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NEWS
April 12, 2011
Investing for retirement would be quite straightforward if there were only one economic scenario to consider and its incumbent risks to manage, but that is not reality. This is the central problem with the recent column, "Questionable Investment Strategy in Maryland's pension plan" (op-ed, April 11), in which the author envisions one economic scenario for the state's pension system: recession. In reality, the system's Board of Trustees works to create an optimal, risk-adjusted asset allocation that considers both the plan's assets and liabilities, in the context of multiple risks and economic scenarios.
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NEWS
By Erica L. Green, The Baltimore Sun | May 19, 2014
The city pension board is requiring about 2,000 school employees to begin contributing to the municipal retirement system, a plan met with resistance by school officials, who say the district won't be able to meet the July 1 deadline. The school system was informed this year that some of its employees would have to begin contributing to the city's Employees' Retirement System for the first time in decades. The school employees affected include paraprofessionals, school police, cafeteria workers and central office staff.
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NEWS
October 25, 2010
The recent column by Marta Mossburg, "Maryland Retirement Fund: Paying for Poor Performance" (Oct. 12) offered undeserved criticism of the compensation awarded the State Retirement System's chief investment officer and unjustly questioned the integrity of the system's method of accounting. In the spirit of transparency and openness, I readily provided the columnist with information on both issues over the course of the last few months. Unfortunately, she chose not to share information that did not reinforce her expressed opinion of public pension plans.
NEWS
By Luke Broadwater and The Baltimore Sun | April 24, 2014
Baltimore unions and Mayor Stephanie Rawlings-Blake have struck a deal on her latest sweeping pension change, which would switch some new city employees from a traditional pension system to a 401(k)-style plan. The agreement -- which was passed by a City Council committee Thursday -- will give new workers an option of selecting a 401(k)-style plan or a "hybrid" plan that combines such an account with a traditional pension. Glenard S. Middleton, director of the union that represents city workers, said he negotiated with Rawlings-Blake directly on the issue and got about two-thirds of what the unions wanted.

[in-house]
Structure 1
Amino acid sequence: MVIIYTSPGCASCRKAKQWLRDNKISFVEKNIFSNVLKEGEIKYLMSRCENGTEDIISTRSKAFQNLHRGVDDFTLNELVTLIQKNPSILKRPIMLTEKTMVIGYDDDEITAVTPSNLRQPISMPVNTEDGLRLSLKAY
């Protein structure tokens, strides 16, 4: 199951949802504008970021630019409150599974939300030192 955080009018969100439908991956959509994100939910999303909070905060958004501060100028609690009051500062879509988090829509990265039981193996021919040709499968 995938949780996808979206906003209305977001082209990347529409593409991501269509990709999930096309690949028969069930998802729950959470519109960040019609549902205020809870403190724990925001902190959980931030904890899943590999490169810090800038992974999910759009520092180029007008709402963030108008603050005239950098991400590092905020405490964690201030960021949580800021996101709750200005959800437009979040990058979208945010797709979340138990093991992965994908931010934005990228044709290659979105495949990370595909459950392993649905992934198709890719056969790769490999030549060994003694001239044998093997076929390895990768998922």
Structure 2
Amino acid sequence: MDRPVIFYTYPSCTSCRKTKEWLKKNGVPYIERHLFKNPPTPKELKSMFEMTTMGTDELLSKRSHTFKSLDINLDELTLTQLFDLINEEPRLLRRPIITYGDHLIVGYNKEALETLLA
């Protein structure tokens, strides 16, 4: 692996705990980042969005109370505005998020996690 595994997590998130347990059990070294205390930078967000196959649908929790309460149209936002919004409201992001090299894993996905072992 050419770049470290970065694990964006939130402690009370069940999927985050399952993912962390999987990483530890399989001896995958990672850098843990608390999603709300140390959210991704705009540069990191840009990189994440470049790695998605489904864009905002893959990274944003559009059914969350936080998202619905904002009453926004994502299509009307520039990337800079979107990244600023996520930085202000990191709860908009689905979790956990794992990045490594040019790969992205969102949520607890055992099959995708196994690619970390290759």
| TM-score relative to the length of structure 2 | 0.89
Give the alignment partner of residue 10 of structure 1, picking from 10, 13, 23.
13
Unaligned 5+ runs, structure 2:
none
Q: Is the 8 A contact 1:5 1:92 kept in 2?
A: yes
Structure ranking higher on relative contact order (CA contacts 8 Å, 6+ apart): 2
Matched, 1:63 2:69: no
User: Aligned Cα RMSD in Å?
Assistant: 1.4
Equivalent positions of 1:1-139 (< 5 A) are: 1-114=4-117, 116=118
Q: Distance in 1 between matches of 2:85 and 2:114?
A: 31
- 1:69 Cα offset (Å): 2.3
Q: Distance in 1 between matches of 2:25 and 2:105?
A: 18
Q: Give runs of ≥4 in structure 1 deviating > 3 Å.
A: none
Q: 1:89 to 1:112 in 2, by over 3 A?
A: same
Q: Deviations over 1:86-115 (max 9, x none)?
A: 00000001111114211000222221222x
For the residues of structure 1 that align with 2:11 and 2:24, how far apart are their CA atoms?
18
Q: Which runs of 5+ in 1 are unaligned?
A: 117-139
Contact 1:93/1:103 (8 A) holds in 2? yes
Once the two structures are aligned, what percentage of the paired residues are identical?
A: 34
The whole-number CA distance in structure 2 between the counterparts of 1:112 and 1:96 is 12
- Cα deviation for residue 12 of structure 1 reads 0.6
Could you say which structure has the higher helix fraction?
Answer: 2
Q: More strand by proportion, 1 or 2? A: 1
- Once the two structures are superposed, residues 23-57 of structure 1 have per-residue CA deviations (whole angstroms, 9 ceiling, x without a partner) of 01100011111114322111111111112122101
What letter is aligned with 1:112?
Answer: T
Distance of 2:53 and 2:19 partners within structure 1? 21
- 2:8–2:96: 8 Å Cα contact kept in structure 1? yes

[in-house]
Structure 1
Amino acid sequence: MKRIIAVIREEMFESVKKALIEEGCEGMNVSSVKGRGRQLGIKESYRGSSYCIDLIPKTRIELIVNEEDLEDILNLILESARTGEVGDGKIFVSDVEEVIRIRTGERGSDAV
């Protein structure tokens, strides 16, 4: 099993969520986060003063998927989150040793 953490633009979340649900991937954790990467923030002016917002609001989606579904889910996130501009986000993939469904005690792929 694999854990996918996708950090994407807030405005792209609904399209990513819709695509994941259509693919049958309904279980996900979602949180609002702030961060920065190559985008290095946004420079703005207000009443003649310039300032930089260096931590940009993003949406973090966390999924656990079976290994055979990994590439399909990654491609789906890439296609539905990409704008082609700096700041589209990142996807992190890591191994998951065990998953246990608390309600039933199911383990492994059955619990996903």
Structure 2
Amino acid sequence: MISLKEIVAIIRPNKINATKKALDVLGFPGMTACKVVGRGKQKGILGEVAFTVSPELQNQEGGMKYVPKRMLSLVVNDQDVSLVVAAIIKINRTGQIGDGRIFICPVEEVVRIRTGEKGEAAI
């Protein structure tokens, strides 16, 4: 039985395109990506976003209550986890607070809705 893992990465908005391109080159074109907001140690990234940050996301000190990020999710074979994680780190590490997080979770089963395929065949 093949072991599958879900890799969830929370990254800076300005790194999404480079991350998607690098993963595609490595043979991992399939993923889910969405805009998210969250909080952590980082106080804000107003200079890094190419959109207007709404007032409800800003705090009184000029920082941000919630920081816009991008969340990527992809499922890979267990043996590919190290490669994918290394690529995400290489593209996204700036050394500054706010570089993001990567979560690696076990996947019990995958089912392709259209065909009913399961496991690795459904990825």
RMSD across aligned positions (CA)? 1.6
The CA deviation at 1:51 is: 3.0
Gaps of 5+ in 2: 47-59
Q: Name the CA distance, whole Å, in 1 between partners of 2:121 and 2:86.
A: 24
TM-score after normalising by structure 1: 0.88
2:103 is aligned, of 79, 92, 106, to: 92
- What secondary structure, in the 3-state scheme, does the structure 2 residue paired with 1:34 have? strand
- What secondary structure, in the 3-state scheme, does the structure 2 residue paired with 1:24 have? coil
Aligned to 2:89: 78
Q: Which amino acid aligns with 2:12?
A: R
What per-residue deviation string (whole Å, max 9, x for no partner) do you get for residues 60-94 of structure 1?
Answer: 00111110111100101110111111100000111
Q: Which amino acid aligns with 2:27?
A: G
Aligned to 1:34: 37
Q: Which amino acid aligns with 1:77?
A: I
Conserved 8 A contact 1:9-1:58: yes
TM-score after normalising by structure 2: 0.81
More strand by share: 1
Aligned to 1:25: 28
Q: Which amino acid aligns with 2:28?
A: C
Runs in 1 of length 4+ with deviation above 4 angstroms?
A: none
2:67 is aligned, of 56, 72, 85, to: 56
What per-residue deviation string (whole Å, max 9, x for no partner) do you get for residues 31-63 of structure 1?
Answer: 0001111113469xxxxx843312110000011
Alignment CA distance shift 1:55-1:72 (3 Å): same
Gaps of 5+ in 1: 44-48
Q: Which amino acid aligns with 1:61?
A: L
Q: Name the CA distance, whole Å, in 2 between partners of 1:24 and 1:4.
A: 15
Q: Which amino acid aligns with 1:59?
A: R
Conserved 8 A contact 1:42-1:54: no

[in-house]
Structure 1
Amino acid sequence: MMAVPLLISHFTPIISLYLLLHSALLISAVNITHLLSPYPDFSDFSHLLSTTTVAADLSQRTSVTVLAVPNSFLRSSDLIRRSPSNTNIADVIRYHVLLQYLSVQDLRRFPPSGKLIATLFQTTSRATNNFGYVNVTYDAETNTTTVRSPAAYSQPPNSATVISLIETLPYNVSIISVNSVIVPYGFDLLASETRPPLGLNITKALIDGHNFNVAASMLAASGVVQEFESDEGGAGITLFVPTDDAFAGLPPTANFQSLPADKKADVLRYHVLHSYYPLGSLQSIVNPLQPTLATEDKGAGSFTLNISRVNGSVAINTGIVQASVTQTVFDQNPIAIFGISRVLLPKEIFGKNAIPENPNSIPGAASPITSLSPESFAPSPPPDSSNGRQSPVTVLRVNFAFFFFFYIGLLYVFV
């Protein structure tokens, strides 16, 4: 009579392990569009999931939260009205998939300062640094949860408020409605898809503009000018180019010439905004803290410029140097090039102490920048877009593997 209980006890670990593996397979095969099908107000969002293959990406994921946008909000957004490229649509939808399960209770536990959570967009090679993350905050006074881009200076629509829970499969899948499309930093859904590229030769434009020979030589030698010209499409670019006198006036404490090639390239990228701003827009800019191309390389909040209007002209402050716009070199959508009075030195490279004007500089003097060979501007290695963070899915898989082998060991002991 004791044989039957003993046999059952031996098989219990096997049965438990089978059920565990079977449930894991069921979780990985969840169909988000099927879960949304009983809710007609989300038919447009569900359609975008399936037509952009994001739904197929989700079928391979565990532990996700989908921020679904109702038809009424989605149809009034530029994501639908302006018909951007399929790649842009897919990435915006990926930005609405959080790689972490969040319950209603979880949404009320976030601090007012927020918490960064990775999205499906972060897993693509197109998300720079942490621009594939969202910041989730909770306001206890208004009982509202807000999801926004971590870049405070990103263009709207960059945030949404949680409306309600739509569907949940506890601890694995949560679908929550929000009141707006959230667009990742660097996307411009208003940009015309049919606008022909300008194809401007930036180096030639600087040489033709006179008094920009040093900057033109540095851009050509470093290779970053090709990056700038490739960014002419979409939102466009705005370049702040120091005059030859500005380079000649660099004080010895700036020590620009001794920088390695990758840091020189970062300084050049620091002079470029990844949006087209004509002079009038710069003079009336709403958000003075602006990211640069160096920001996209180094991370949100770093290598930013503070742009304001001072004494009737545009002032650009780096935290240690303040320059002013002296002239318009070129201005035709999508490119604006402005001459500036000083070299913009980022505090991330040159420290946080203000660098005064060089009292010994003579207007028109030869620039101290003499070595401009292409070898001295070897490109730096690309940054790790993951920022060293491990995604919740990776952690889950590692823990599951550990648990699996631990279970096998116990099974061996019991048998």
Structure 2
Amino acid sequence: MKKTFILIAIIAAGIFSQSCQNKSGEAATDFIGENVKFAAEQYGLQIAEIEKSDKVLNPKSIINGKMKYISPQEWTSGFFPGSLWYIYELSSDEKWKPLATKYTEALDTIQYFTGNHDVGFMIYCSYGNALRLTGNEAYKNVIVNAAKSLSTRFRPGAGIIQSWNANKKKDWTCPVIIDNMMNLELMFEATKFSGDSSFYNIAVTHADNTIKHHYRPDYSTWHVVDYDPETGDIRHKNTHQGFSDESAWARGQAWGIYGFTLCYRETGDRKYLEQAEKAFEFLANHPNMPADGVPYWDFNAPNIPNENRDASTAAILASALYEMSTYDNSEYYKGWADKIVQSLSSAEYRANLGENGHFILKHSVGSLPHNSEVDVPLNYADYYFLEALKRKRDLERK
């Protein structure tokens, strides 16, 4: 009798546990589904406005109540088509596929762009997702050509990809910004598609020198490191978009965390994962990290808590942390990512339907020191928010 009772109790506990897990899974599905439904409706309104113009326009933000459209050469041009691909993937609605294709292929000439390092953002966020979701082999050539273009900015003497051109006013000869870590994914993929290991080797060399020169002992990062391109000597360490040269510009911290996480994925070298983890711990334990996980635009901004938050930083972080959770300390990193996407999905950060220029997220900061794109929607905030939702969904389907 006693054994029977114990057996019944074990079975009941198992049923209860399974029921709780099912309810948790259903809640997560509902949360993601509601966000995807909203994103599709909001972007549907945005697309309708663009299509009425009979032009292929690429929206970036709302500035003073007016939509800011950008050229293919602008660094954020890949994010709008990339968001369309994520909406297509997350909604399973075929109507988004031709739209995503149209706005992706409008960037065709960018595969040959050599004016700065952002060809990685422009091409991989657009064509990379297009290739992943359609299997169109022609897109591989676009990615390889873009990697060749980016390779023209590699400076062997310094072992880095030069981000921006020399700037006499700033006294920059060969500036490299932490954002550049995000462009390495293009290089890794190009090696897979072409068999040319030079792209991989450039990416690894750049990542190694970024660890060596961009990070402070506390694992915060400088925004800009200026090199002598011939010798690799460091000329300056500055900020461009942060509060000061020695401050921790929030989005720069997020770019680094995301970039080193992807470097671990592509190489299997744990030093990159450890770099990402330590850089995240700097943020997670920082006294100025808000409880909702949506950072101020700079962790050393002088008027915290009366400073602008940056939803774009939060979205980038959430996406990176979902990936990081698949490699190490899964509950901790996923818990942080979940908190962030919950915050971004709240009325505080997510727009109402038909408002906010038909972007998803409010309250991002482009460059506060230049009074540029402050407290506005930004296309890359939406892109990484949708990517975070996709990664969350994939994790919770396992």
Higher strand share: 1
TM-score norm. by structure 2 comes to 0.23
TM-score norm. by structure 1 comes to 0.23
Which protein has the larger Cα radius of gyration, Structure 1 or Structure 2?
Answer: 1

NEWS
By Luke Broadwater, The Baltimore Sun | March 27, 2013
The pension system for most city workers has nearly $700 million in unfunded liabilities, according to an audit released Wednesday. In contrast, the smaller system for elected officials — who contribute to their pensions — is in strong financial shape, another audit shows. City auditor Robert L. McCarty presented the documents to the city's spending panel, the Board of Estimates, along with annual financial reports that provided details about the fiscal health of the two systems.
NEWS
June 12, 2012
Marta Mossburg's recent column on state employee pensions cites the work of Joshua Rauh and Robert Novy-Marx to say how much more Marylanders can expect to pay to "fully fund the system" ("Shifting pension burden means higher taxes," June 5). To arrive at their specious projections, Messrs. Rauh and Novy-Marx employ a series of assumptions and methods that are both implausible and unrealistic, including projecting future economic growth far below the consensus estimates of recognized economists and assuming future pension fund investment returns of less than half what most investment professionals estimate.
NEWS
By Jessica Anderson, The Baltimore Sun | July 20, 2010
After taking hits for two consecutive years, the state's pension system saw gains well beyond its expected rate of return last fiscal year, officials said. The Maryland State Retirement and Pension System's portfolio returned more than 14 percent on investments, exceeding the assumed 7.75 percent assumed rate of return, according to the agency. The gains raised the assets of the system to $31.8 billion. The portfolio had a rough few years, dropping 5.4 percent to $36.6 billion in fiscal 2008 and then more than 20 percent last year to $28.5 billion.